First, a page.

Tuesday, January 29, 2008

How To Stimulate An Economy

Forget the studies... common sense should tell everyone this is true. However -- since the concept is antithetical to Republican "conventional wisdom" -- we'll just keep on putting out ineffective stimulus packages that make the old wise ones feel good.

In findings echoed by other economists and studies, he said the study shows the fastest way to infuse money into the economy is through expanding the food-stamp program. For every dollar spent on that program $1.73 is generated throughout the economy, he said.

"If someone who is literally living paycheck to paycheck gets an extra dollar, it's very likely that they will spend that dollar immediately on whatever they need - groceries, to pay the telephone bill, to pay the electric bill," he said.


The report pointed to expanding unemployment benefits as the program that gets the next biggest bang for the buck. That's because, although the unemployed are already getting checks, they need to spend the money. For every dollar spent here, the economy would see a return of $1.64, Zandi said.


Finally, Moody's report says business incentives such as tax breaks for buying new equipment - so-called accelerated depreciation - would give the least bang for the buck and potentially provide the slowest infusion of money. A dollar spent there would generate only 33 cents in the economy because, Zandi said, it takes longer for businesses to implement any benefit received.
By all means, let's follow Republican "conventional wisdom" until we're circling the drain... but gosh dang it, at least we'll be circling by our bootstraps!


Anonymous ghandi said...

Food stamps isn't logical either. Gift cards to Best Buy would be a better option. Of course why should we ever expect Government to ever really understand Economics 101.

11:06 AM, January 30, 2008  
Blogger Logic101 said...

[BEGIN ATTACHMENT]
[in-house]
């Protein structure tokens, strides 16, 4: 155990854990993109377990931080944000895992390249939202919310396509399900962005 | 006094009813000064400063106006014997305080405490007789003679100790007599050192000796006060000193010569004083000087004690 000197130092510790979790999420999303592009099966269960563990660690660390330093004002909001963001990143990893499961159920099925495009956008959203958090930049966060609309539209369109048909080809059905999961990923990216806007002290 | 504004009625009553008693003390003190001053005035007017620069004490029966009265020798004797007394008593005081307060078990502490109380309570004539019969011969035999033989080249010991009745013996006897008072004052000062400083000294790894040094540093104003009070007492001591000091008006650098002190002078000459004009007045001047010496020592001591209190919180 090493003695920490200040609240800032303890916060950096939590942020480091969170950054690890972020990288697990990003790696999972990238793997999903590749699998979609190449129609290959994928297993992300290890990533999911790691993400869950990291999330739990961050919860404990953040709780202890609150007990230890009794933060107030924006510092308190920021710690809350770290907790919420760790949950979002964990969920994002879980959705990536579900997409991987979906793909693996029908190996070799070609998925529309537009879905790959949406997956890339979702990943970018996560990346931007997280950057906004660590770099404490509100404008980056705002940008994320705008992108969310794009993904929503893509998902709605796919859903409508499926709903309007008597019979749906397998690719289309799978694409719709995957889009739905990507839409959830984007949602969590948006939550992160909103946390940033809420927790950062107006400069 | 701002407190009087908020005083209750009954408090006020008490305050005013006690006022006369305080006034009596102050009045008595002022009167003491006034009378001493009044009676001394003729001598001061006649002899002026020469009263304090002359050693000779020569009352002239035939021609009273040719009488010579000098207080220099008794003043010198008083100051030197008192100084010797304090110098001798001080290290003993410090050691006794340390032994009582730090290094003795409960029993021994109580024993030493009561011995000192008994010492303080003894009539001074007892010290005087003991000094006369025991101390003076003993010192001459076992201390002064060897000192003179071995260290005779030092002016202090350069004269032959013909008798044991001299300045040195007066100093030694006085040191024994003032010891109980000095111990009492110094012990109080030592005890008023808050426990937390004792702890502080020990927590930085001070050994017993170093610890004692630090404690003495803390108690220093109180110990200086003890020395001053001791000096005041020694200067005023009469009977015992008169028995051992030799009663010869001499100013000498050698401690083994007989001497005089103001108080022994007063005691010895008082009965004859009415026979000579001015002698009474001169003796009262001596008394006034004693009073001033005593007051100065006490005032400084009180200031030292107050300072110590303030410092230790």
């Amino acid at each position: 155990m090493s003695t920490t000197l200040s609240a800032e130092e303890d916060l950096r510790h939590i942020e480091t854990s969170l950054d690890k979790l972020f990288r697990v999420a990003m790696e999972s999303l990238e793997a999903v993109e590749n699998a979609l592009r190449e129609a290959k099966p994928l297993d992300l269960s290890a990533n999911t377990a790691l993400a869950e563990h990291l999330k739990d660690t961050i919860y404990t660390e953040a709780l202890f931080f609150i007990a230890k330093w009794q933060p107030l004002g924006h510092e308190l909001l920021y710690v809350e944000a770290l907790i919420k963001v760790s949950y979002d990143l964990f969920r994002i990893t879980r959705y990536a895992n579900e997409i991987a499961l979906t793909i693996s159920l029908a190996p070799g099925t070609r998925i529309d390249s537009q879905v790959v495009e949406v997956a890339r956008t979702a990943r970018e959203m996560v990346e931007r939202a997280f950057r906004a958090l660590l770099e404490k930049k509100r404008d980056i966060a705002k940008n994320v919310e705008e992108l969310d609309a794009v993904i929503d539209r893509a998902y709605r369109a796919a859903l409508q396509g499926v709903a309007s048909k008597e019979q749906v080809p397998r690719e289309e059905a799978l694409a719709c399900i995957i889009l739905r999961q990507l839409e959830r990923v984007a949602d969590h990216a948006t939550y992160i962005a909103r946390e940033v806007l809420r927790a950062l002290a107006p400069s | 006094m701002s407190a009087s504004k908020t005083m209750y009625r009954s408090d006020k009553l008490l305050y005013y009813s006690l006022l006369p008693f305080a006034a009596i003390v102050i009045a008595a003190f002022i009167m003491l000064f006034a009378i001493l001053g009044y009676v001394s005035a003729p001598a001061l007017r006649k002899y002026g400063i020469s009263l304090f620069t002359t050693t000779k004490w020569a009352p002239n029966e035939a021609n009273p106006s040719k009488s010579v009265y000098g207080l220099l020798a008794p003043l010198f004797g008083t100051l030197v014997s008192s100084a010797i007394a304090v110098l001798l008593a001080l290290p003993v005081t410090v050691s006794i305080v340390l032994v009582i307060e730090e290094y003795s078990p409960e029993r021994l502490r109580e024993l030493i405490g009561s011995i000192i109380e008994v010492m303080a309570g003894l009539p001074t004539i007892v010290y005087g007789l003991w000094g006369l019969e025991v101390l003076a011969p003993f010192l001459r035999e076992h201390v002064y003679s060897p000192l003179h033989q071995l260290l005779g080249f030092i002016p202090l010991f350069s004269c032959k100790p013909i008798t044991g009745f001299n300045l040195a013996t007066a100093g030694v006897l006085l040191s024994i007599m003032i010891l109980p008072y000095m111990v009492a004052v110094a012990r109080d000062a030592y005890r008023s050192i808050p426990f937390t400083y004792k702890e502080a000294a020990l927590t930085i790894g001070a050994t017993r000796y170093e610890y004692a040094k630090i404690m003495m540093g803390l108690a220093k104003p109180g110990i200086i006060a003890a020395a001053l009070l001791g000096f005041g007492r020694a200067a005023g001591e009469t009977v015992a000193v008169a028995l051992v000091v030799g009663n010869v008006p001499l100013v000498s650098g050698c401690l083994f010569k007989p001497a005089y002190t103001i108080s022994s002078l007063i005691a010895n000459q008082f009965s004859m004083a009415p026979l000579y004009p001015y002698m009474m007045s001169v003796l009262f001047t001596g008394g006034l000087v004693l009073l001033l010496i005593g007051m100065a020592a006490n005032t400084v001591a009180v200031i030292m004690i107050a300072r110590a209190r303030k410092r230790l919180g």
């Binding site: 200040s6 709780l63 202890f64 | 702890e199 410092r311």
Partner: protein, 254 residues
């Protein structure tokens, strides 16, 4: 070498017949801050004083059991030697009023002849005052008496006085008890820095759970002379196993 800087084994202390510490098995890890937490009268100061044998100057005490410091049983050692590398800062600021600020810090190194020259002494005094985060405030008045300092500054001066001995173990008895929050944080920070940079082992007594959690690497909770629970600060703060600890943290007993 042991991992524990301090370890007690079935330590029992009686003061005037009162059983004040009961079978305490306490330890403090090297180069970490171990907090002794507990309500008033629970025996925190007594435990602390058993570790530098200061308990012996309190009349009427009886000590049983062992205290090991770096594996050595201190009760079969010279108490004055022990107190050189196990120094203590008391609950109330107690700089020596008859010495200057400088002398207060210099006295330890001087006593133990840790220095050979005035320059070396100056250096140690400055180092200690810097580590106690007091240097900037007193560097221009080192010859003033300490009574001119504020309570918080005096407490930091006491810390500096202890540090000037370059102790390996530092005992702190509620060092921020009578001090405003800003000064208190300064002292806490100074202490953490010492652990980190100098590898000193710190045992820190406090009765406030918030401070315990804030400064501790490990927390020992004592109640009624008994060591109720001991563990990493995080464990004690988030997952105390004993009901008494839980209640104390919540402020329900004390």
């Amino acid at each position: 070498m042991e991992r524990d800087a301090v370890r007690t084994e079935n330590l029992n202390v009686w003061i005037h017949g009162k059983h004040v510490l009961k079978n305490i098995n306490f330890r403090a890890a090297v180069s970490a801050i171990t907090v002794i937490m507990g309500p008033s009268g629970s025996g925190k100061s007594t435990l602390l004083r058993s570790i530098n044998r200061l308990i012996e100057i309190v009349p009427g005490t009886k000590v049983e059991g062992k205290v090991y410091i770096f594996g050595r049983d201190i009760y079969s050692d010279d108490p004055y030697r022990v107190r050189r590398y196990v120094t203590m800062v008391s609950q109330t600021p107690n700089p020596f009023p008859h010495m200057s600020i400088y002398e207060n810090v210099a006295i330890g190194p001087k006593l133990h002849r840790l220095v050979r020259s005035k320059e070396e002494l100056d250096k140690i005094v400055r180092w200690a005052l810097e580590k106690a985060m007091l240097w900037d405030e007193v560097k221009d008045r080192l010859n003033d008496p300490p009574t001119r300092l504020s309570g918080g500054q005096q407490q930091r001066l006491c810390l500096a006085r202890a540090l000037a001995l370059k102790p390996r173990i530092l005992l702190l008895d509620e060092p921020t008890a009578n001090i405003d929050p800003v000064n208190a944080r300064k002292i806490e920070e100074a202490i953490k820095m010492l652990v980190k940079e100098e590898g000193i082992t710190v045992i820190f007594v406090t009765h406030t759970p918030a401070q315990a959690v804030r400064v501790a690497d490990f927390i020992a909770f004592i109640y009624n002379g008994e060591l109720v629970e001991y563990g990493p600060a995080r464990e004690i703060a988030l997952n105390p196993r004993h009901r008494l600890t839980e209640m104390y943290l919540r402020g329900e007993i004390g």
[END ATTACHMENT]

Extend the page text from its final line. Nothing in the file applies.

I wouldn't mind a gift card to Best Buy, although I admit I'm not much of a freak when it comes to owning the latest gadgetry. :-)

I lived paycheck to paycheck for many years and I can tell you that I spent every penny I earned on pretty basic necessities. And it wasn't just money in, money out... there was always a growing backlog of crap I needed but didn't have extra money for. An extra $600 would have been immediately spent.

Low income folks -- including those who pay income taxes and those who don't -- are exactly the kind of people who are going to pump money immediately into the economy. For our Reagan worshipers, think of it as the "trickle up" theory. It's a win-win.

Expanding unemployment benefits seems like the absolute right thing to do if ever there was a right thing to do. Everyone pays great lip service to people who have been fucked over by "the new economy" but nobody actually does anything about it. I have personally delivered the "I'm sorry but we're going to have to terminate your employment" speech to about half a dozen hard working, educated, professionals, most all of whose jobs ultimately went offshore, and most all of whom were unable to find work again for a year or more.

Incorporating unemployment benefits into a stimulus package would be a super win-win.

1:27 PM, January 30, 2008  

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